The question is asked in most professions, and for the CNA training graduate, it’s no different. Many individuals looking into CNA training want to know if a man in the same field is going to receive more pay for the position than a woman will. When two people work at the same place in the same position with the same amount of experience and the same CNA training, they would expect the compensation to be equal, right? Even in today’s world, this is not always true.
Unfortunately,right here in the land of equality, women are still having to stand up for equal pay for equal work in many industries. Numerous career statistics show there’s still a discrepancy between men and women when it comes to pay, particularly in the upper ranks of the corporate world. But is it true for CNA training graduates as well? Do men receive higher pay? What about other areas of nursing? Let’s take a look
After CNA Training – Men and Women Weekly Pay
According to research published earlier by Catalyst, a non profit organization that monitors and reports work conditions, pay, discrimination, and more, — male CNA training graduates are indeed receiving slightly higher pay, even right out of CNA training class.
A report by The United States Bureau of Labor Statistics (BLS) further confirmed this in all areas, stating that women’s “median usual weekly earnings were 80% of men’s in 2005 among full-time wage and salary workers.” That figure includes all careers, though. What about nursing? Generally, the higher the rank of the nurse, the bigger the problem.
In 2008 the Bureau of Labor Statistics shows that female Registered Nurses earned an average weekly salary of $1,000, while their male counterparts brought home about $150 more than that.So, what’s the deal? Well of course every facility is going to treat CNA training graduates according to their own standards (which most are unspoken), but here ‘s some of the things that CNA’s and nurses we have interviewed have said:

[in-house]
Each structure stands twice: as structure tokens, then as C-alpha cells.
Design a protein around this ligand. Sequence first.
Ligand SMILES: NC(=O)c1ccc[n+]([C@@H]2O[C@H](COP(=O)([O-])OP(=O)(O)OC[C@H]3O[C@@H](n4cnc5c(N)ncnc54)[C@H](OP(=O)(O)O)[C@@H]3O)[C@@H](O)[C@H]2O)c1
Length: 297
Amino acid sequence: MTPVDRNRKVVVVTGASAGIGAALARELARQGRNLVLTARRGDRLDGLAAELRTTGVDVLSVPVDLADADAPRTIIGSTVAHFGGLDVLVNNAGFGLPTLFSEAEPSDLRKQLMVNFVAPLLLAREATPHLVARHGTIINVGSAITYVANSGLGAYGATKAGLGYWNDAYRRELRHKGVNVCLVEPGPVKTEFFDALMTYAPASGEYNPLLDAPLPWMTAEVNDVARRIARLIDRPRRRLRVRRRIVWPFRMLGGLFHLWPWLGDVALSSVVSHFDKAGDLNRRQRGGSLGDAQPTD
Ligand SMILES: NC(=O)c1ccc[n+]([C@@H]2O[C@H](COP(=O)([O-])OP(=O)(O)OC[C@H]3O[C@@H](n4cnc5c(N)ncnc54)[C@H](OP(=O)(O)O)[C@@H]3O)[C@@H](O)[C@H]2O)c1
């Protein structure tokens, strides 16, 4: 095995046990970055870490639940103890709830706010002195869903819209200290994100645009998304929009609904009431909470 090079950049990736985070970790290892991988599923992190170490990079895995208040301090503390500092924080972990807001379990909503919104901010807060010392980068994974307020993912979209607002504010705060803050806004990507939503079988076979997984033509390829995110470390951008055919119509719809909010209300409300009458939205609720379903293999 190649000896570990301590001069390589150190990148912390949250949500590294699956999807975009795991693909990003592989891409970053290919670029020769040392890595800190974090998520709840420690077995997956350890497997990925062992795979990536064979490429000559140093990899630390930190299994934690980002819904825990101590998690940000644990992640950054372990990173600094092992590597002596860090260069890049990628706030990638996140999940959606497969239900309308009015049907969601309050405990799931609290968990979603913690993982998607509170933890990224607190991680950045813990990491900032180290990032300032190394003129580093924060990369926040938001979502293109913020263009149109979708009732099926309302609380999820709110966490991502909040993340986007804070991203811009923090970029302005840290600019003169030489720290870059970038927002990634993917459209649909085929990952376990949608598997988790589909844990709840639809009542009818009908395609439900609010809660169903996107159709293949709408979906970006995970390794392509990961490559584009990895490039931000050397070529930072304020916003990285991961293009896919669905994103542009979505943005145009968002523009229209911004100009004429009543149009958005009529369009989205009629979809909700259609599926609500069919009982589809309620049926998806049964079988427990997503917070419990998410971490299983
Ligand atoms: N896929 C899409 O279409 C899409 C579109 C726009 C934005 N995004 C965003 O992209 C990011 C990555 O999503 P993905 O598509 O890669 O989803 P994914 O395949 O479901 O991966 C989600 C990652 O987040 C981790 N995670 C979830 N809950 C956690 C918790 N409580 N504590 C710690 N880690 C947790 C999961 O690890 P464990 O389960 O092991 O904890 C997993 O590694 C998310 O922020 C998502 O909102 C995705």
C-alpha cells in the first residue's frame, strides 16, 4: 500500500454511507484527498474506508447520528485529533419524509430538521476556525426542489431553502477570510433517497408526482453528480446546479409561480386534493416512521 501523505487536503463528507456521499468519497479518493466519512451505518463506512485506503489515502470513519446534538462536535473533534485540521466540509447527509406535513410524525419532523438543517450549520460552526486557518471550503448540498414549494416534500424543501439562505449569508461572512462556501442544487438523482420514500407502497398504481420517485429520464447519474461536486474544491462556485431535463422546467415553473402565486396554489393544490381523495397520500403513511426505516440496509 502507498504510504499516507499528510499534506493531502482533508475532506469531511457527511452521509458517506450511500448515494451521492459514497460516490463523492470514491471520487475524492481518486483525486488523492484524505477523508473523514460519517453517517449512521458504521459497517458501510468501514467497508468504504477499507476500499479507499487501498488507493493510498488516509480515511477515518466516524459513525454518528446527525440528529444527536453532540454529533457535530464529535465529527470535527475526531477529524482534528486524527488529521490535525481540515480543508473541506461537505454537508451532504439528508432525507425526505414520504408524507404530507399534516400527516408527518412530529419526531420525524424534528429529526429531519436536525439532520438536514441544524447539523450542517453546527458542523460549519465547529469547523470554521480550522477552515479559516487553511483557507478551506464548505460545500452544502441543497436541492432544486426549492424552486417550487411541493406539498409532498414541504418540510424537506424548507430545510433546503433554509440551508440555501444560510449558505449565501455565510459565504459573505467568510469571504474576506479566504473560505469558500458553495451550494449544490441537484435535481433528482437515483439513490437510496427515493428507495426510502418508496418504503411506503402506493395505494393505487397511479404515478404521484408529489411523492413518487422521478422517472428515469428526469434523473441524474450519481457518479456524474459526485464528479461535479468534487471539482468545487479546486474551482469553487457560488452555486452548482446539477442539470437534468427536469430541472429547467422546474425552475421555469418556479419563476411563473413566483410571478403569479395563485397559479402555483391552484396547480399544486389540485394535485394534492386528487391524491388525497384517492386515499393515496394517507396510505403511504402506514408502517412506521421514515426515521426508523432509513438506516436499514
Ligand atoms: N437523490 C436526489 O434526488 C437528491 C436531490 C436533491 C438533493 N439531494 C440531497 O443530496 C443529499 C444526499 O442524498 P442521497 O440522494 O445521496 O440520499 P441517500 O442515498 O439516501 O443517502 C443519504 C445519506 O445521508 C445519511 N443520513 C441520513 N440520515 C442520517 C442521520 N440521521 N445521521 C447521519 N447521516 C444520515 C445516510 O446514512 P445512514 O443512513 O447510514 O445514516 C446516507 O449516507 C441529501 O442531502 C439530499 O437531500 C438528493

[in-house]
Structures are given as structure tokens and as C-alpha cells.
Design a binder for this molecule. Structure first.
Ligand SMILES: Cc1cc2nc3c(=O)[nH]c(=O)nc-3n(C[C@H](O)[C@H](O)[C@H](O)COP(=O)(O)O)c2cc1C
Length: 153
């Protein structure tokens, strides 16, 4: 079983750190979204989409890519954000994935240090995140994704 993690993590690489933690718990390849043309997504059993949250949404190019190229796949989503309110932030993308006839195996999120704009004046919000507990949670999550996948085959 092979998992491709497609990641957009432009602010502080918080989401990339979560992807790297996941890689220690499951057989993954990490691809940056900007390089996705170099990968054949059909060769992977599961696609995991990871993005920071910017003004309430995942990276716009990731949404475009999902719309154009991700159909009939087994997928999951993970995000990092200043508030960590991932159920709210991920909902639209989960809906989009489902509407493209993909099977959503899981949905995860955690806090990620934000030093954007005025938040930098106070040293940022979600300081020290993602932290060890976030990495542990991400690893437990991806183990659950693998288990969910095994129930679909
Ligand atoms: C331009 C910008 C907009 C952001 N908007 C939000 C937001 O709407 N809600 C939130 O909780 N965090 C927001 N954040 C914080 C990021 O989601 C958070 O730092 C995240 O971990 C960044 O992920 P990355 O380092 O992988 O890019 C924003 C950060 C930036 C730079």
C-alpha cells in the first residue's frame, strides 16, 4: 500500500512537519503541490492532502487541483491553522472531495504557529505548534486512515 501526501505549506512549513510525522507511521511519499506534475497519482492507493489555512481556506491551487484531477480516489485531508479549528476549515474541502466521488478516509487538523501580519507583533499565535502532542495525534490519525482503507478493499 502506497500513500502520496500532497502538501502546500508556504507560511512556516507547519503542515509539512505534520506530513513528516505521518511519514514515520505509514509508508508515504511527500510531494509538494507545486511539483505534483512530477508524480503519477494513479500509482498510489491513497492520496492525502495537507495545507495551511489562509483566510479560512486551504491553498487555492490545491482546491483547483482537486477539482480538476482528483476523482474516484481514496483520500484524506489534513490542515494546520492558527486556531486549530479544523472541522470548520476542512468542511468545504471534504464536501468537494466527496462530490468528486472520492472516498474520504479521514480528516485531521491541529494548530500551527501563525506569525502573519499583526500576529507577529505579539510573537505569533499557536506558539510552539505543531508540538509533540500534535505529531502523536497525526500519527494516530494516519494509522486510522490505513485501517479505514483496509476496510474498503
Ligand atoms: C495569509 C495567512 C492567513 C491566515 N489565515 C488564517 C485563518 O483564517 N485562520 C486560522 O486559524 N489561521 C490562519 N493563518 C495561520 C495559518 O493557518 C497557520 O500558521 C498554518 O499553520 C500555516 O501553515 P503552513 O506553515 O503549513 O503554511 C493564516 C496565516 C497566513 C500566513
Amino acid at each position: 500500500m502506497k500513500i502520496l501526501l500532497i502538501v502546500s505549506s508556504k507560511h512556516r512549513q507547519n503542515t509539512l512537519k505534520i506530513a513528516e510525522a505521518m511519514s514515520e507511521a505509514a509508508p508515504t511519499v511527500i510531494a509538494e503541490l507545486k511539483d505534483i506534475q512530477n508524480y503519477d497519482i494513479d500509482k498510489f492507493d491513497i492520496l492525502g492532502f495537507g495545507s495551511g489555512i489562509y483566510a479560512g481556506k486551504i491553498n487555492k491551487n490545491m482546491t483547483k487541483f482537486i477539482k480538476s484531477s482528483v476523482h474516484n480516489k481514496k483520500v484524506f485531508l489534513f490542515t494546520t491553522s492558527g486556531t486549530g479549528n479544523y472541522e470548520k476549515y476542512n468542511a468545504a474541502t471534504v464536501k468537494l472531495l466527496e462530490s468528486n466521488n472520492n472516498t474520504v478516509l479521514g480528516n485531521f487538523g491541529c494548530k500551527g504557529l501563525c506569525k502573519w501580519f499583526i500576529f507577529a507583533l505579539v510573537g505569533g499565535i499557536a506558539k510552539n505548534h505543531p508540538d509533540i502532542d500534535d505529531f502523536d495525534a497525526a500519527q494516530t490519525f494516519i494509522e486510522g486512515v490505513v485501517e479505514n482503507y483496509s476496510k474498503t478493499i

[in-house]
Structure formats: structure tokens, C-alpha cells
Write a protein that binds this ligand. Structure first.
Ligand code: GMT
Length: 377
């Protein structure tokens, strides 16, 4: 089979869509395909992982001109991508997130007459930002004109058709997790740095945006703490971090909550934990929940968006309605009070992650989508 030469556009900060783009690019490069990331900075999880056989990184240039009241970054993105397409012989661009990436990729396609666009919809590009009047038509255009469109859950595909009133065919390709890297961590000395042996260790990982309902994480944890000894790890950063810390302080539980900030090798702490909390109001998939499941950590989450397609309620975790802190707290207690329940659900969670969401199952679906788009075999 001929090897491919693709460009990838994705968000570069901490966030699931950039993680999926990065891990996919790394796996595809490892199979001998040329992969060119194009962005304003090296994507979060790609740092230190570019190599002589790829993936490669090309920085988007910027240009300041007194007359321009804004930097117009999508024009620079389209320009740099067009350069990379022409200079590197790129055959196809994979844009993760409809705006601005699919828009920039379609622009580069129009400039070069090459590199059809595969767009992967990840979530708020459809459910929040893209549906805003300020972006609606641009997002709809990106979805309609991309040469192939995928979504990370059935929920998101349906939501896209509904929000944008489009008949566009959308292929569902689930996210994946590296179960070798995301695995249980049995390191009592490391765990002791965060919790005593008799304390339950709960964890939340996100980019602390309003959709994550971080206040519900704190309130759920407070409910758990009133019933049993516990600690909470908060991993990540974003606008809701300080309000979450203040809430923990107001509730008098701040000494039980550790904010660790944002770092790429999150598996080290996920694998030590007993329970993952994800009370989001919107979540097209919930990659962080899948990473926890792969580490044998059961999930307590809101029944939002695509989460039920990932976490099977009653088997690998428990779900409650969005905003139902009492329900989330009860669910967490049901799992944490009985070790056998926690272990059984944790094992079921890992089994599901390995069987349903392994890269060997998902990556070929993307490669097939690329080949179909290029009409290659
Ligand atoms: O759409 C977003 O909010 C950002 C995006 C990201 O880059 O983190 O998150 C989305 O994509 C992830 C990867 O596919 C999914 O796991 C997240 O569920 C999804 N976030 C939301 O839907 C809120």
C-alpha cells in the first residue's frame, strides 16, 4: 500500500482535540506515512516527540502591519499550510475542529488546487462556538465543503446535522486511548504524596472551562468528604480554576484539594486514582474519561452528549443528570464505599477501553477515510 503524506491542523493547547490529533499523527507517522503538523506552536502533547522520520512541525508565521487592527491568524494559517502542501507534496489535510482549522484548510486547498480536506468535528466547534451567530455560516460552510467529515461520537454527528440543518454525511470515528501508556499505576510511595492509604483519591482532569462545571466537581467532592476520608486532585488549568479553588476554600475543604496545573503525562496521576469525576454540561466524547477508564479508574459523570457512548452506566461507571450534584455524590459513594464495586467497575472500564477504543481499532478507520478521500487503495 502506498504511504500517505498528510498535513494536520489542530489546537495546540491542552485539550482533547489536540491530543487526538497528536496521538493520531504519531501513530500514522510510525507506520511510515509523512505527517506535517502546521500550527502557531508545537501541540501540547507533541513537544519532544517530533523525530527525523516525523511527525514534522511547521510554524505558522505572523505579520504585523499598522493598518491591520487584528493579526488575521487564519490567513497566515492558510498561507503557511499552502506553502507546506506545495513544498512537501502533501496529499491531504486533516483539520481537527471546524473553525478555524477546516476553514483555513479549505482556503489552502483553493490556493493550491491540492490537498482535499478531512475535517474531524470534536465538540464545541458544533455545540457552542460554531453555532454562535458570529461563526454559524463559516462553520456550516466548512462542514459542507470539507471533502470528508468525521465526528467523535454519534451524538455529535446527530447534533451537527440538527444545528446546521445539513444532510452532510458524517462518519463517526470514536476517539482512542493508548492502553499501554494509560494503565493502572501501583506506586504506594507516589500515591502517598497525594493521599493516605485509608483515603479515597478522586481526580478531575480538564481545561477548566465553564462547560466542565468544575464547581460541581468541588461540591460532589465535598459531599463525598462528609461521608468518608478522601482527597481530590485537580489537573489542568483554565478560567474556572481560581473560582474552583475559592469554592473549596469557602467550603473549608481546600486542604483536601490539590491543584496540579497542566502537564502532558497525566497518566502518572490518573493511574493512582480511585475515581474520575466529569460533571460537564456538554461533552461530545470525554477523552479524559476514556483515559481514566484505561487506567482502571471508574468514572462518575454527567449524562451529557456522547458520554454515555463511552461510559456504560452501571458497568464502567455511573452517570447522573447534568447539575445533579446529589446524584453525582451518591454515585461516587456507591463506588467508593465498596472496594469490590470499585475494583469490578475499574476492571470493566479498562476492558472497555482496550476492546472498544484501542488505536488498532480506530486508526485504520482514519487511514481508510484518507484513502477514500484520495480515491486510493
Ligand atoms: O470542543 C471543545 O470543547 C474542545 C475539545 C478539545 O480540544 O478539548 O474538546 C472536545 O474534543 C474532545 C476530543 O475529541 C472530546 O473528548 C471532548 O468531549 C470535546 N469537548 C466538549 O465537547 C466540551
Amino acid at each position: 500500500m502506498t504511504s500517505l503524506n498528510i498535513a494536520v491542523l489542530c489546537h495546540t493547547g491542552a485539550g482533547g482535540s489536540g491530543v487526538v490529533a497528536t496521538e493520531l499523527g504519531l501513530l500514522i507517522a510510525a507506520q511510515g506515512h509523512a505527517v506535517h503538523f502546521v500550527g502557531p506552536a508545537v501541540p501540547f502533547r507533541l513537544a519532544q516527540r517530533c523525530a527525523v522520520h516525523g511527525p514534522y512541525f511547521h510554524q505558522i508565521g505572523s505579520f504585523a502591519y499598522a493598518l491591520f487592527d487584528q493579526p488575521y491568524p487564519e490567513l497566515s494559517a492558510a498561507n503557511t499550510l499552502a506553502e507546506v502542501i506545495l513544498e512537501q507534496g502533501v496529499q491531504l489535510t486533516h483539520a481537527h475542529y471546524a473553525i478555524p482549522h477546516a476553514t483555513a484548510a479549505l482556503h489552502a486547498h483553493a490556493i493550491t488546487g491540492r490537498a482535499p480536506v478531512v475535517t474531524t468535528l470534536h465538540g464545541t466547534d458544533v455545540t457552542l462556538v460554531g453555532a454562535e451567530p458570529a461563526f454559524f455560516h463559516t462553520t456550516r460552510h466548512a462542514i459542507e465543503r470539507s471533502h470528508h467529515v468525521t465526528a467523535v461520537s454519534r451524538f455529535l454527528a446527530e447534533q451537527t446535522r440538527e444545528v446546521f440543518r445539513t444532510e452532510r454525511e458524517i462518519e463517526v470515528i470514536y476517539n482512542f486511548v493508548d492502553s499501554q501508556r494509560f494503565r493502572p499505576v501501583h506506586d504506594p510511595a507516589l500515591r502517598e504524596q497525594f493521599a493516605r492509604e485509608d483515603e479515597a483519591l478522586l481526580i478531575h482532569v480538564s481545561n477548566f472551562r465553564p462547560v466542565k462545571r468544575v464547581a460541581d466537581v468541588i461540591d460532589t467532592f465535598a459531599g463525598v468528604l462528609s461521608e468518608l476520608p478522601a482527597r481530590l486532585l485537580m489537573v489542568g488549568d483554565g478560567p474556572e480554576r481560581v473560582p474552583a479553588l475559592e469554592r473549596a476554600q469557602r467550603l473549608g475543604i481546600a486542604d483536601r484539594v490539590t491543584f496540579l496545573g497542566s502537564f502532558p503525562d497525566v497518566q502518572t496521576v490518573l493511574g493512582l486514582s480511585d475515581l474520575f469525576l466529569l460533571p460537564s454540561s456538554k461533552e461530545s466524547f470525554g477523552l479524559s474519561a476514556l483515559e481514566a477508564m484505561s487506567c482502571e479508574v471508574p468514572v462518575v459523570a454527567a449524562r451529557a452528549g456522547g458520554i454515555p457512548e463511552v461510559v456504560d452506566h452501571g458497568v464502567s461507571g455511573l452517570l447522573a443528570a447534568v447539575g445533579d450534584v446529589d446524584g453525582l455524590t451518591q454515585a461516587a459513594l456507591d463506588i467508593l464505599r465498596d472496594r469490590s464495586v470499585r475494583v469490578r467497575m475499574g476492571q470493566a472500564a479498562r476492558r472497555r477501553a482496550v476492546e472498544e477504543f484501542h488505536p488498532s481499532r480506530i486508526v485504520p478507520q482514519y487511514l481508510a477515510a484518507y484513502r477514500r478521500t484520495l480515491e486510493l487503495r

Possible Mindsets towards CNA Training Graduates
- Men are still often considered to be the major breadwinner or head of the household. When men hire men, they often offer more money. During the course of an interview, family situations are often brought into the conversation and certainly the number of women who are the sole supporters of their household is high, but the fact remains that America may be in a “men are the providers” false mentality.
- CNA training graduates do a lot of physical labor and often men are looked at as the ones who do the major lifting and extra work with the patients. This may or may not be true, but it’s still a possible mindset.
- Men are thought to be the ones who take charge or responsibility in a crisis situation. Let’s say a patient stops breathing and there are two or three CNA training graduates in the immediate vicinity, and one of them is a male CNA. He may be the one expected to perform the CPR and make resuscitation attempts. Again, we are not saying there is any truth to this pattern of thought. We are just providing information that we have collected.
- When a female CNA training graduate is hired, it may be expected for her to be the caregiver for the children of her household. I remember in a certain facility I worked in, we were questioned during the interview process as to the number of children we had, who cared for them when they were ill, who took them to appointments, etc. It was as if we were considered a risk to hire because we may miss work due to the fact that we had children.
We want to hear from you. How do you feel about the fact that most facilities are non-unionized and many females will receive lower pay after CNA training?